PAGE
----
To better understand why 'Melly' prevailed over three publicly vetted options, we must inspect the origins of Melly Shum Hates Her Job (1990), Ken Lum's image of a young woman sitting in a cramped office, from which the name is derived.
When FKA Witte de With opened in 1990, Lum staged the inaugural solo exhibition, which included a commission for a billboard version of Melly Shum Hates Her Job installed at various locations in the city.7 The billboard on the outside wall of FKA Witte de With was removed after the show, but re-installed following popular demand.
Fast forward to the onomastic crisis of the late 2010s. In April 2019, FKA Witte de With renamed its 'UNTITLED' ground-floor gallery space to 'MELLY'—a name, per the press release, coined by 'young Rotterdamers' who participated in a work-study programme at FKA Witte de With from September 2018 to February 20198. The press release explicitly references the ongoing Name Change Initiative, describing the renaming of UNTITLED as 'part of an identity proposal which, overall, emphasizes multiple viewpoints of collective experiences', while underscoring that 'MELLY does not replace the name Witte de With'.9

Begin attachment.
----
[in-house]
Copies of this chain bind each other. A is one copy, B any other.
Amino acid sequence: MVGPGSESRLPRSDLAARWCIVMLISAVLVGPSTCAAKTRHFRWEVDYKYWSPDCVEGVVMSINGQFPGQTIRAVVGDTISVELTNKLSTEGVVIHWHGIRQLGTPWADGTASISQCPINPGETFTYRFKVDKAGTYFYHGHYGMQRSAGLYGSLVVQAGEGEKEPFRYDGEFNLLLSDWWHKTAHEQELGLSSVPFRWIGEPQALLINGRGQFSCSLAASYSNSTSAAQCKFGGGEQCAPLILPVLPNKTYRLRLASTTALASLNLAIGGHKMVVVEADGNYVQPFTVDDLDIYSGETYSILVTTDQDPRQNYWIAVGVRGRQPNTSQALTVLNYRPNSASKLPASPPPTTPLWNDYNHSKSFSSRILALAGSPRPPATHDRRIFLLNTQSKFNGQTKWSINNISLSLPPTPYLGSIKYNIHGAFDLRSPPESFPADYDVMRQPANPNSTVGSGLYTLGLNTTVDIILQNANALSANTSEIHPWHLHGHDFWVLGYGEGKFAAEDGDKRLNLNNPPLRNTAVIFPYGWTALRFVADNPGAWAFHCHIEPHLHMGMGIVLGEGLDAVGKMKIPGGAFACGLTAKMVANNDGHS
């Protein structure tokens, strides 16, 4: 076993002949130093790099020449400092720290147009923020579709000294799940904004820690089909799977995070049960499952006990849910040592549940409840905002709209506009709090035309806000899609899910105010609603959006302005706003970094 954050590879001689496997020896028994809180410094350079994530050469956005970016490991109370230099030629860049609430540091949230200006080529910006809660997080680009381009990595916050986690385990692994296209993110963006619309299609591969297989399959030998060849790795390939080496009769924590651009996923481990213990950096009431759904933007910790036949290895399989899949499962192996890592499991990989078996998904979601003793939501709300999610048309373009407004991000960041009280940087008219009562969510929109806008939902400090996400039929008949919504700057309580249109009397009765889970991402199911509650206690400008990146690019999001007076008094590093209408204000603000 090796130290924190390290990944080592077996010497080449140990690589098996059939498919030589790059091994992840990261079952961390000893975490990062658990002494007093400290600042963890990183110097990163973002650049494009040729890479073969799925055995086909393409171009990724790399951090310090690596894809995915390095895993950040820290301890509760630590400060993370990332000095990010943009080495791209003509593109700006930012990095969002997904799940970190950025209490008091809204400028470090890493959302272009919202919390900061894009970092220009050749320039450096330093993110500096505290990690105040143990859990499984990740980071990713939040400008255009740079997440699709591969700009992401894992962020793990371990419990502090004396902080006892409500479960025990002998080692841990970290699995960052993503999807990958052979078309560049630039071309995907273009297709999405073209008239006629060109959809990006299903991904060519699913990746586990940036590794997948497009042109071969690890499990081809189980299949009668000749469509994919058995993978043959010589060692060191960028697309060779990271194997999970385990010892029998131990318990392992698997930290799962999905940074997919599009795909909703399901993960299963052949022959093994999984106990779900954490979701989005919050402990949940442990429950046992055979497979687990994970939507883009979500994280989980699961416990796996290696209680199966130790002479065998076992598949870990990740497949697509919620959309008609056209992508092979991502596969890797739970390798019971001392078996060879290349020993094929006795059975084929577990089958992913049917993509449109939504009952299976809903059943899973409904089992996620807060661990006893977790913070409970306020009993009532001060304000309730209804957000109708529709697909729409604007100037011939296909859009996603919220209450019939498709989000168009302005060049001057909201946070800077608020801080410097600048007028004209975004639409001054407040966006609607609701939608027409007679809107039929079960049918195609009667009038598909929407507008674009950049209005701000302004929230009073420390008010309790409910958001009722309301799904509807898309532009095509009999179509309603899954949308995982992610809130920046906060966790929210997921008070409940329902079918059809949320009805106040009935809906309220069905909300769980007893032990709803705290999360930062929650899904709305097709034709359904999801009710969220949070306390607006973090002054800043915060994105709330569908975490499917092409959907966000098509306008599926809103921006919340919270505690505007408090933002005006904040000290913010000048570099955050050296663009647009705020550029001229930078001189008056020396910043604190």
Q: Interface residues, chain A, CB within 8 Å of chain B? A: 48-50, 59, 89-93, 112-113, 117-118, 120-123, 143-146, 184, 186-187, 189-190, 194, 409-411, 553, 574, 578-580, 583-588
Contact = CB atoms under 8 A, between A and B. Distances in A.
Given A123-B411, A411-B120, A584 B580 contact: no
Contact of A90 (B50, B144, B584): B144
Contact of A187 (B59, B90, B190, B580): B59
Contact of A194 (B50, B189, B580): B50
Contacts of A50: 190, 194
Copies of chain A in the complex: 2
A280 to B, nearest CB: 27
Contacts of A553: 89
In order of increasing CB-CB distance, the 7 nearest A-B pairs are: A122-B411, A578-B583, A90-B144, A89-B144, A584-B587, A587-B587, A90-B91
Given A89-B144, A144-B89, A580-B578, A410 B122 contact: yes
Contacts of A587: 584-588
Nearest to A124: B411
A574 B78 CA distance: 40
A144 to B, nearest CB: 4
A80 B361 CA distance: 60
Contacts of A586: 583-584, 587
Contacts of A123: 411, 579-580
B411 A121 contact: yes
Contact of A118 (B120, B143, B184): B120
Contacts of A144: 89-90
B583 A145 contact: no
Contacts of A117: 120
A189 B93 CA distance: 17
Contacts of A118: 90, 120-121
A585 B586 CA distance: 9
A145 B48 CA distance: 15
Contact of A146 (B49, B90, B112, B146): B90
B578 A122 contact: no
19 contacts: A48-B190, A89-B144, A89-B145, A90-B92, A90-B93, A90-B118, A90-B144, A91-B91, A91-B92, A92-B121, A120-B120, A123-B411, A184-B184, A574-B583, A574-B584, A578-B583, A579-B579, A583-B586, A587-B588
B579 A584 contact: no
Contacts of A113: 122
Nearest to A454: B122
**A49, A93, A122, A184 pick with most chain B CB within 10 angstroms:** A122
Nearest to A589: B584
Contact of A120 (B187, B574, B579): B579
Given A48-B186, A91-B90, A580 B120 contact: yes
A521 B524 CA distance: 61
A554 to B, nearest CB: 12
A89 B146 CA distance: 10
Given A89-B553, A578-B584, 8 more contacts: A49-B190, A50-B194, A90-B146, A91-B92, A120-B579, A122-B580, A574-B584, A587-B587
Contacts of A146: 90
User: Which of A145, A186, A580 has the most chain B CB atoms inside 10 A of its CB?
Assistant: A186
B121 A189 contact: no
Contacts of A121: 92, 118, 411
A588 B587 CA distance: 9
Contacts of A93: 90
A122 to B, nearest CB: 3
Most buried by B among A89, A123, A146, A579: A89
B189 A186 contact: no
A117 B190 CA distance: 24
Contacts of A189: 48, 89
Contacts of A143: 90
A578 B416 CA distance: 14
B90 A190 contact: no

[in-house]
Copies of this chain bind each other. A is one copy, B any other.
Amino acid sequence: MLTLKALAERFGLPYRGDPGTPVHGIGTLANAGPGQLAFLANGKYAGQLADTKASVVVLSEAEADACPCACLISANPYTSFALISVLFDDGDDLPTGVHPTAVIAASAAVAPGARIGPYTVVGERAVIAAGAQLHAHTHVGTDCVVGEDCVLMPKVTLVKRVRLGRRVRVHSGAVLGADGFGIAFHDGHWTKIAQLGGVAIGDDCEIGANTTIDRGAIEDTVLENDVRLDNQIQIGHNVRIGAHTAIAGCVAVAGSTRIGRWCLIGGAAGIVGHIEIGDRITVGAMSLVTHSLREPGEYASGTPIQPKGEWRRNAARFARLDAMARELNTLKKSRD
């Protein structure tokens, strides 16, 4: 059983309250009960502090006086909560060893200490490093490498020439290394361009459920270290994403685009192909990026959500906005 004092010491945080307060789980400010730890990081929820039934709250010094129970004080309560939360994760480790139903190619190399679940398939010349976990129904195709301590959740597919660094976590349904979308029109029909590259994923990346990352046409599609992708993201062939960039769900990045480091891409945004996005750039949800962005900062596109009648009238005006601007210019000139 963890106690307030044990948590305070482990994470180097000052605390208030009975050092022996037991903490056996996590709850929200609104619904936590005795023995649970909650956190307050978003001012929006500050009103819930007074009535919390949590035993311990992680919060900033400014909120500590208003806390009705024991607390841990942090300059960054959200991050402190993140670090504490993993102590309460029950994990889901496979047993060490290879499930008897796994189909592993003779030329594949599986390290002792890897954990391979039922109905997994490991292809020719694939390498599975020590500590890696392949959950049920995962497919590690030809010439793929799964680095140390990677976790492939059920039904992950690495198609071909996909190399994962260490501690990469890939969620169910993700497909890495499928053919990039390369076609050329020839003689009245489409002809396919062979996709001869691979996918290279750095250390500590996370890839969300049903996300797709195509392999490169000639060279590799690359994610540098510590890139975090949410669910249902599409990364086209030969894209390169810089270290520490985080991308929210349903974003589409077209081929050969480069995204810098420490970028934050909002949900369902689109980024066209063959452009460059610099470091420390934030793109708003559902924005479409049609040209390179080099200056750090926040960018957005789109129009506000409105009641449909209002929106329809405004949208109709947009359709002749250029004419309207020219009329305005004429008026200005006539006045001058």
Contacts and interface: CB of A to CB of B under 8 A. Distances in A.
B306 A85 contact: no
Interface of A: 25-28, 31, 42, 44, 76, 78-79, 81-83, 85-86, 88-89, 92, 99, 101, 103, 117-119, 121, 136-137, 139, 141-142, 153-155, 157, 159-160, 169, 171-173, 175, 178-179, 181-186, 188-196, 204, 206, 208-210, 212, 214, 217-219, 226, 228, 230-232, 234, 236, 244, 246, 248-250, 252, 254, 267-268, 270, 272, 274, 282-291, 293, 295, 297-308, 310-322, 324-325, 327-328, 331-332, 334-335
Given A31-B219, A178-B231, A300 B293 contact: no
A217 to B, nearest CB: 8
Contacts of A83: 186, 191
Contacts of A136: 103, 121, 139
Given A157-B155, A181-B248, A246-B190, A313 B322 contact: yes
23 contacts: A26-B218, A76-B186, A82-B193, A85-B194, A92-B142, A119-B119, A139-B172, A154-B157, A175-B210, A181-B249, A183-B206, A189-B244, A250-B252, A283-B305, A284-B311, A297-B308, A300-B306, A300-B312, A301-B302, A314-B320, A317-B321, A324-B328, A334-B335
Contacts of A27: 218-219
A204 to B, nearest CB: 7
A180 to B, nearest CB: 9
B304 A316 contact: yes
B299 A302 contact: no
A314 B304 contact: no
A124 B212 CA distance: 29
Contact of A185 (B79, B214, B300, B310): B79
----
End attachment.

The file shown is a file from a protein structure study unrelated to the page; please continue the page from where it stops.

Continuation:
That month, the exhibition On Melly Shum, curated by Hernández Chong Cuy and Stijn Kemper, opened in MELLY, which clearly situated Melly Shum Hates Her Job as an original site of FKA Witte de With's identity. This could be read as a staging of a pre-set narrative. One report mentions 'the institution's naming case-study (from Untitled to Melly)', and points out that 'by now', Melly 'signifies not only a person but a process that the institution has undergone, both architecturally and socially from the "bottom up".'10
There is no evidence in the publicly available reports that the name was proposed during the public 'bottom-up' consultation rounds. These reports instead show that 'Melly' only first appears as a serious option during the meeting of the External Advisory Commission, when it was floated as 'what's missing', and was subsequently adopted. The change was officially ratified during a final public review,11 and the entire process was deemed 'co-constitutive'.12 Here was a new name referring to a woman of colour with an office job she hates—the ideal decolonial subject to adorn a prestigious art institution.